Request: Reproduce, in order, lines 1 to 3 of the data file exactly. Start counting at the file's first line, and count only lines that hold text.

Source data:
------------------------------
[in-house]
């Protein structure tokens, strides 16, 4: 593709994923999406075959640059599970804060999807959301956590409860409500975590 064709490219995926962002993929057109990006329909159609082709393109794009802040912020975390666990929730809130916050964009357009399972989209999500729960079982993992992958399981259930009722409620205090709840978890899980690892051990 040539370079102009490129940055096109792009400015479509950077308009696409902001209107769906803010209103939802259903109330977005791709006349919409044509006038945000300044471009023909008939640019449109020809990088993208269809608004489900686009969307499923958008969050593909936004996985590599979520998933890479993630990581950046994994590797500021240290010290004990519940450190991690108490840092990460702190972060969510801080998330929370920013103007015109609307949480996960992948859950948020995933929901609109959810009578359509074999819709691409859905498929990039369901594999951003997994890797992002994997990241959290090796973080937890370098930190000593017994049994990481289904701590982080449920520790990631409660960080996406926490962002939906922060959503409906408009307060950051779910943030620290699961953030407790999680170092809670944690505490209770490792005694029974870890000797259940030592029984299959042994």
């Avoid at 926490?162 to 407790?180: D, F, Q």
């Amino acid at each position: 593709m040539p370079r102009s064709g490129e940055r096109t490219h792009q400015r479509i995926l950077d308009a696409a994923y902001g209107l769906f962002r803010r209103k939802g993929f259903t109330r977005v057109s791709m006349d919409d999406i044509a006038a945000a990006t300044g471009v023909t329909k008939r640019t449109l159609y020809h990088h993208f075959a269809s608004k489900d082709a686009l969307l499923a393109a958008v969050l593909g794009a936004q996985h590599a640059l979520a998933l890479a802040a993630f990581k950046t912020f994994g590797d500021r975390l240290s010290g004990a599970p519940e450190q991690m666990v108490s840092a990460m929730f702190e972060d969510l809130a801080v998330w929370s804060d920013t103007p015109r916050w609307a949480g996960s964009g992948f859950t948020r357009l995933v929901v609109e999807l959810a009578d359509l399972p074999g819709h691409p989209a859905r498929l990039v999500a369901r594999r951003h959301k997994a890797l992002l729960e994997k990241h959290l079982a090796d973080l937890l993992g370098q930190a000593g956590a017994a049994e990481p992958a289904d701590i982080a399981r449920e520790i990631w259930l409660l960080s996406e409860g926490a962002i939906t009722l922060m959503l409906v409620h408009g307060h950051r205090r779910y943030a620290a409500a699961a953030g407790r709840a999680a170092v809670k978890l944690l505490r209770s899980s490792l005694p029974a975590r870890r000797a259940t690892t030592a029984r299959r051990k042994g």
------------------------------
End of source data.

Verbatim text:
[in-house]
């Protein structure tokens, strides 16, 4: 593709994923999406075959640059599970804060999807959301956590409860409500975590 064709490219995926962002993929057109990006329909159609082709393109794009802040912020975390666990929730809130916050964009357009399972989209999500729960079982993992992958399981259930009722409620205090709840978890899980690892051990 040539370079102009490129940055096109792009400015479509950077308009696409902001209107769906803010209103939802259903109330977005791709006349919409044509006038945000300044471009023909008939640019449109020809990088993208269809608004489900686009969307499923958008969050593909936004996985590599979520998933890479993630990581950046994994590797500021240290010290004990519940450190991690108490840092990460702190972060969510801080998330929370920013103007015109609307949480996960992948859950948020995933929901609109959810009578359509074999819709691409859905498929990039369901594999951003997994890797992002994997990241959290090796973080937890370098930190000593017994049994990481289904701590982080449920520790990631409660960080996406926490962002939906922060959503409906408009307060950051779910943030620290699961953030407790999680170092809670944690505490209770490792005694029974870890000797259940030592029984299959042994």
């Avoid at 926490?162 to 407790?180: D, F, Q």